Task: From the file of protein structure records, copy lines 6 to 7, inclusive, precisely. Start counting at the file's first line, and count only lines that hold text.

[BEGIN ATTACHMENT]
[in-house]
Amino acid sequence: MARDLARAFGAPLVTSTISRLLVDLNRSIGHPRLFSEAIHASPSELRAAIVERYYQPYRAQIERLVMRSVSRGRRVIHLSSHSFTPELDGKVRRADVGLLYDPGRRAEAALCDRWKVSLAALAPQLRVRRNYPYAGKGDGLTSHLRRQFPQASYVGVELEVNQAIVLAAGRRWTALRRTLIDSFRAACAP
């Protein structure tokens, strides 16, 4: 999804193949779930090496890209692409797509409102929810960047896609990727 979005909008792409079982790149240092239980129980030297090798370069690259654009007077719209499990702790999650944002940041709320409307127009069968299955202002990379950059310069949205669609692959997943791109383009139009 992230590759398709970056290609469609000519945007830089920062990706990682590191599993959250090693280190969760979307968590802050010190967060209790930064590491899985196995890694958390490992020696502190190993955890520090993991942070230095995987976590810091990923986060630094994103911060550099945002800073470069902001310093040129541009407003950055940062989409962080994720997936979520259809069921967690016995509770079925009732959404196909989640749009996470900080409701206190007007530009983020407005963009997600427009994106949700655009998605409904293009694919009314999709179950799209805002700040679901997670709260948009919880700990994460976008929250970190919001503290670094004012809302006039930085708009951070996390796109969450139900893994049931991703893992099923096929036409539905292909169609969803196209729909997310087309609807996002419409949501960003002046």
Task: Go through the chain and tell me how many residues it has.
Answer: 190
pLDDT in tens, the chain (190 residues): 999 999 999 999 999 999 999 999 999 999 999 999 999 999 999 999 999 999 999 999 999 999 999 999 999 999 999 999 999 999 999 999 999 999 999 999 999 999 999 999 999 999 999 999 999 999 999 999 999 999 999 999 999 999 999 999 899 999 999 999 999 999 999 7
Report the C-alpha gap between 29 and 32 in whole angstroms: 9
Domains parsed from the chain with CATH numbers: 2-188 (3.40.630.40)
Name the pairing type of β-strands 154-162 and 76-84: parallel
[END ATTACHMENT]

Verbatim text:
pLDDT in tens, the chain (190 residues): 999 999 999 999 999 999 999 999 999 999 999 999 999 999 999 999 999 999 999 999 999 999 999 999 999 999 999 999 999 999 999 999 999 999 999 999 999 999 999 999 999 999 999 999 999 999 999 999 999 999 999 999 999 999 999 999 899 999 999 999 999 999 999 7
Report the C-alpha gap between 29 and 32 in whole angstroms: 9